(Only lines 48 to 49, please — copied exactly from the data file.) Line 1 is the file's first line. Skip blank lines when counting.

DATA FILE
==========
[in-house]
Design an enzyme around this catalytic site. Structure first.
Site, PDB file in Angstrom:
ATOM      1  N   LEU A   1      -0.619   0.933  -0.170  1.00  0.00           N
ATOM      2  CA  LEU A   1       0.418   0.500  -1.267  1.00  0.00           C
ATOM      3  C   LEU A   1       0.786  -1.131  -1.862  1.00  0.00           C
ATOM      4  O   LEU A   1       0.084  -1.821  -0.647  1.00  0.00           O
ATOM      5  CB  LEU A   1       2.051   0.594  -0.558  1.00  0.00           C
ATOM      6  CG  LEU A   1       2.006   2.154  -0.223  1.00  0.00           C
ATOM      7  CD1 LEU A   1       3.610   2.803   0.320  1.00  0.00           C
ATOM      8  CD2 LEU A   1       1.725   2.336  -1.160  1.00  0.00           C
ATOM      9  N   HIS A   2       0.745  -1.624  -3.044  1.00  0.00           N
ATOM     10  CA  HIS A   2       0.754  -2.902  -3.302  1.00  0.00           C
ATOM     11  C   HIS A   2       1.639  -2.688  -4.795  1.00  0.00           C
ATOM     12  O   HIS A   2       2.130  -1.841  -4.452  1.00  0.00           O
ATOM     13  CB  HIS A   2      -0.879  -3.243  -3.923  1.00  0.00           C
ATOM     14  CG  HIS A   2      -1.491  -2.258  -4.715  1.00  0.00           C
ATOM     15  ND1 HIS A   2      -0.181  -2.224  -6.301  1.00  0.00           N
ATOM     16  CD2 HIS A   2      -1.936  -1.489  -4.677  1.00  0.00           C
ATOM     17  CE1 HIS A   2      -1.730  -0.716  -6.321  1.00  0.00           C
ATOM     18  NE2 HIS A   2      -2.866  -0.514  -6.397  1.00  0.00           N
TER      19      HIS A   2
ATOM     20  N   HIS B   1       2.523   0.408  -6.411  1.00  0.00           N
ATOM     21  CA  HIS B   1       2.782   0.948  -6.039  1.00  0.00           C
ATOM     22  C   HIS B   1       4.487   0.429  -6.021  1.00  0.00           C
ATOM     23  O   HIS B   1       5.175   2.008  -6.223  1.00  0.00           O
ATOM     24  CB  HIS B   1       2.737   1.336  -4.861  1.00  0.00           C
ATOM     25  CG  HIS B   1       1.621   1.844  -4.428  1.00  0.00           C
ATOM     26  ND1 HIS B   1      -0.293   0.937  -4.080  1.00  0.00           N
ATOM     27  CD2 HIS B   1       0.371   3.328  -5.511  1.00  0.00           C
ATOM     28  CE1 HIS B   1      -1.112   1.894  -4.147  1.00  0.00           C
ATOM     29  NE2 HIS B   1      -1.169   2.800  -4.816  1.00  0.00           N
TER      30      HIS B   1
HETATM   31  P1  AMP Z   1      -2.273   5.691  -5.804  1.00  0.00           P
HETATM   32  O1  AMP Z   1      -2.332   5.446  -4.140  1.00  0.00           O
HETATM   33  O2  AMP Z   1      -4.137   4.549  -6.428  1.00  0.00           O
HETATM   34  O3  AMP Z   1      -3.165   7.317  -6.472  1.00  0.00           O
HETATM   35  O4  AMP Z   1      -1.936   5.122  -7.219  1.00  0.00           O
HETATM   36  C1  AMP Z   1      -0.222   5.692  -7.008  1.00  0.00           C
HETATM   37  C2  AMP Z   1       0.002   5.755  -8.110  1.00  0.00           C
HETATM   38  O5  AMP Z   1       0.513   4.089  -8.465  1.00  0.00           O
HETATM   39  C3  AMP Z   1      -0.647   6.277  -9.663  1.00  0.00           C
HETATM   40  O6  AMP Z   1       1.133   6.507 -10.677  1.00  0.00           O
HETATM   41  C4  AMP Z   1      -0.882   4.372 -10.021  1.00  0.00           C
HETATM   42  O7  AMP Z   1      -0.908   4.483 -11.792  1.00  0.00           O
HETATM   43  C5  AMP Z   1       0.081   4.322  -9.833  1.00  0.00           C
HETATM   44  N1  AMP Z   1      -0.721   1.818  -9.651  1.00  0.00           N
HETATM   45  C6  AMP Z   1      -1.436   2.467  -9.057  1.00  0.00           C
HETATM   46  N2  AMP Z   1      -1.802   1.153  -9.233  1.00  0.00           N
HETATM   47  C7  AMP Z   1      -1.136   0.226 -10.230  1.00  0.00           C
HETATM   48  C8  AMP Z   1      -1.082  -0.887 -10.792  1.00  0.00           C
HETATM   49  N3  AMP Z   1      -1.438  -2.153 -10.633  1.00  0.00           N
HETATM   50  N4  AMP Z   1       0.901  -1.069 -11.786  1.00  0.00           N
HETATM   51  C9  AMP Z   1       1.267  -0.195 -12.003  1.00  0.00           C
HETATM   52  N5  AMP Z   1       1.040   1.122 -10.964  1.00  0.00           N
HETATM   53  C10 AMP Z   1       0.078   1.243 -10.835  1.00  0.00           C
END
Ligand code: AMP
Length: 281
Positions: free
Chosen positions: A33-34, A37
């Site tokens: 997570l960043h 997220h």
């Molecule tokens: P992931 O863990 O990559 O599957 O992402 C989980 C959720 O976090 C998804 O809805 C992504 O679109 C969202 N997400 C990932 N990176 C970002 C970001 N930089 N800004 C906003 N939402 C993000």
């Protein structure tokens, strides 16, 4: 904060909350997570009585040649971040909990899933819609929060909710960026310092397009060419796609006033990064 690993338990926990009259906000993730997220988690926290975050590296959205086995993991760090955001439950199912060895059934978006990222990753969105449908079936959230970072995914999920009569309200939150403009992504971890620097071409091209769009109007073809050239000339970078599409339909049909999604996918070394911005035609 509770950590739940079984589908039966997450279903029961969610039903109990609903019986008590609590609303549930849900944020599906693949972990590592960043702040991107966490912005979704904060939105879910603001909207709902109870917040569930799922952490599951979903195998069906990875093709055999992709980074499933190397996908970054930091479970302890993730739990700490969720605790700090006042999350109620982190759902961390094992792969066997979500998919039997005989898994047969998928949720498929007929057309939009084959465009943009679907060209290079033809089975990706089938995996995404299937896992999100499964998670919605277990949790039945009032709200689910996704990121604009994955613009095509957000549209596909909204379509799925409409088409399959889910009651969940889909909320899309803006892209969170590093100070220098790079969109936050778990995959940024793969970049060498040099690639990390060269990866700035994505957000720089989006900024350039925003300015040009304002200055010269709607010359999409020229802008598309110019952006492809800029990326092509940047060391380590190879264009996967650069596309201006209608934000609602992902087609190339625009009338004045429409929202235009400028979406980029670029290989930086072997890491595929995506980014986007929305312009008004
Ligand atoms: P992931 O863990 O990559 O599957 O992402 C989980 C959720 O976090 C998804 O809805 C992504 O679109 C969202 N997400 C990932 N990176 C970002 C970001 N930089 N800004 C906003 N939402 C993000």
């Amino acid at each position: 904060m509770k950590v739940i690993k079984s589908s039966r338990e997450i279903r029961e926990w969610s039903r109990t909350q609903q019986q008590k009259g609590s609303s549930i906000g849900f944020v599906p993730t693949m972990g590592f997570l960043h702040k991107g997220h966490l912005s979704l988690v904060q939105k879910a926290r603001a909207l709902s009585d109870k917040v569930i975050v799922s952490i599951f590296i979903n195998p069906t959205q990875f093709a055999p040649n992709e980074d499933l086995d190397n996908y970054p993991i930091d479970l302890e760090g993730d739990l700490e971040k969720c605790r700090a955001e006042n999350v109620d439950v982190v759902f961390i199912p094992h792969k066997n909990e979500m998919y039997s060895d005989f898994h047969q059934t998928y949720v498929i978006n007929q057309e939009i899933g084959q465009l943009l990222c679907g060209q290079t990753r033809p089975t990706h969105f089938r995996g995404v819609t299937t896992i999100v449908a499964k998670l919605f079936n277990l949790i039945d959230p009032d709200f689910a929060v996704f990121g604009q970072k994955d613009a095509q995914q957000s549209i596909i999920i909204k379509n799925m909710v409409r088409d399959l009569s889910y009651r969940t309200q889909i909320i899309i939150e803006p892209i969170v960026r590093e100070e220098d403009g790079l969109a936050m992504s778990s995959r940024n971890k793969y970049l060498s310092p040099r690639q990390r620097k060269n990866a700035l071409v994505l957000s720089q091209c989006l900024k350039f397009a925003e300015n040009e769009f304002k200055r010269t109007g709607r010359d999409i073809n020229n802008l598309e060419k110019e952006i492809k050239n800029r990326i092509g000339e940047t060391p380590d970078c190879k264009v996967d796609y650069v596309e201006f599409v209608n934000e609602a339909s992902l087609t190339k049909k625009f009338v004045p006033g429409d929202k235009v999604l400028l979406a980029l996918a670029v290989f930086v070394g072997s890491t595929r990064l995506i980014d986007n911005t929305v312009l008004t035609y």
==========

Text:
HETATM   45  C6  AMP Z   1      -1.436   2.467  -9.057  1.00  0.00           C
HETATM   46  N2  AMP Z   1      -1.802   1.153  -9.233  1.00  0.00           N